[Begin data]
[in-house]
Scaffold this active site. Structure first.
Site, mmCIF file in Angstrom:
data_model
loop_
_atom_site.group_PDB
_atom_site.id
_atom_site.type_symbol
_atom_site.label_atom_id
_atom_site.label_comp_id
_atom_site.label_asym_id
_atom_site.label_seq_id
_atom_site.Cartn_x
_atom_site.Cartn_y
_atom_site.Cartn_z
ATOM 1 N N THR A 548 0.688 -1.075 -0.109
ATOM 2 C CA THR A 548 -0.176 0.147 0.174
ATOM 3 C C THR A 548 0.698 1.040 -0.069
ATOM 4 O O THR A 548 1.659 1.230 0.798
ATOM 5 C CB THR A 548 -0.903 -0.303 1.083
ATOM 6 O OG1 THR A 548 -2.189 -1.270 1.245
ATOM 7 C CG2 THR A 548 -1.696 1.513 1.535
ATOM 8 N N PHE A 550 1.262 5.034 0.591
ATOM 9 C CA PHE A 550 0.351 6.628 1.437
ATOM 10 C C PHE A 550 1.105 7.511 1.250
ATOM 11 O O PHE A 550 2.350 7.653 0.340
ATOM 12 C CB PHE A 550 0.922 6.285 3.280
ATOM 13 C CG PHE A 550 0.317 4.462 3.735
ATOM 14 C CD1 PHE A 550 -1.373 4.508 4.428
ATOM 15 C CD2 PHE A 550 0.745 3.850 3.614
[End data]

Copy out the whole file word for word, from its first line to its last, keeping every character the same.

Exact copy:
[in-house]
Scaffold this active site. Structure first.
Site, mmCIF file in Angstrom:
data_model
loop_
_atom_site.group_PDB
_atom_site.id
_atom_site.type_symbol
_atom_site.label_atom_id
_atom_site.label_comp_id
_atom_site.label_asym_id
_atom_site.label_seq_id
_atom_site.Cartn_x
_atom_site.Cartn_y
_atom_site.Cartn_z
ATOM 1 N N THR A 548 0.688 -1.075 -0.109
ATOM 2 C CA THR A 548 -0.176 0.147 0.174
ATOM 3 C C THR A 548 0.698 1.040 -0.069
ATOM 4 O O THR A 548 1.659 1.230 0.798
ATOM 5 C CB THR A 548 -0.903 -0.303 1.083
ATOM 6 O OG1 THR A 548 -2.189 -1.270 1.245
ATOM 7 C CG2 THR A 548 -1.696 1.513 1.535
ATOM 8 N N PHE A 550 1.262 5.034 0.591
ATOM 9 C CA PHE A 550 0.351 6.628 1.437
ATOM 10 C C PHE A 550 1.105 7.511 1.250
ATOM 11 O O PHE A 550 2.350 7.653 0.340
ATOM 12 C CB PHE A 550 0.922 6.285 3.280
ATOM 13 C CG PHE A 550 0.317 4.462 3.735
ATOM 14 C CD1 PHE A 550 -1.373 4.508 4.428
ATOM 15 C CD2 PHE A 550 0.745 3.850 3.614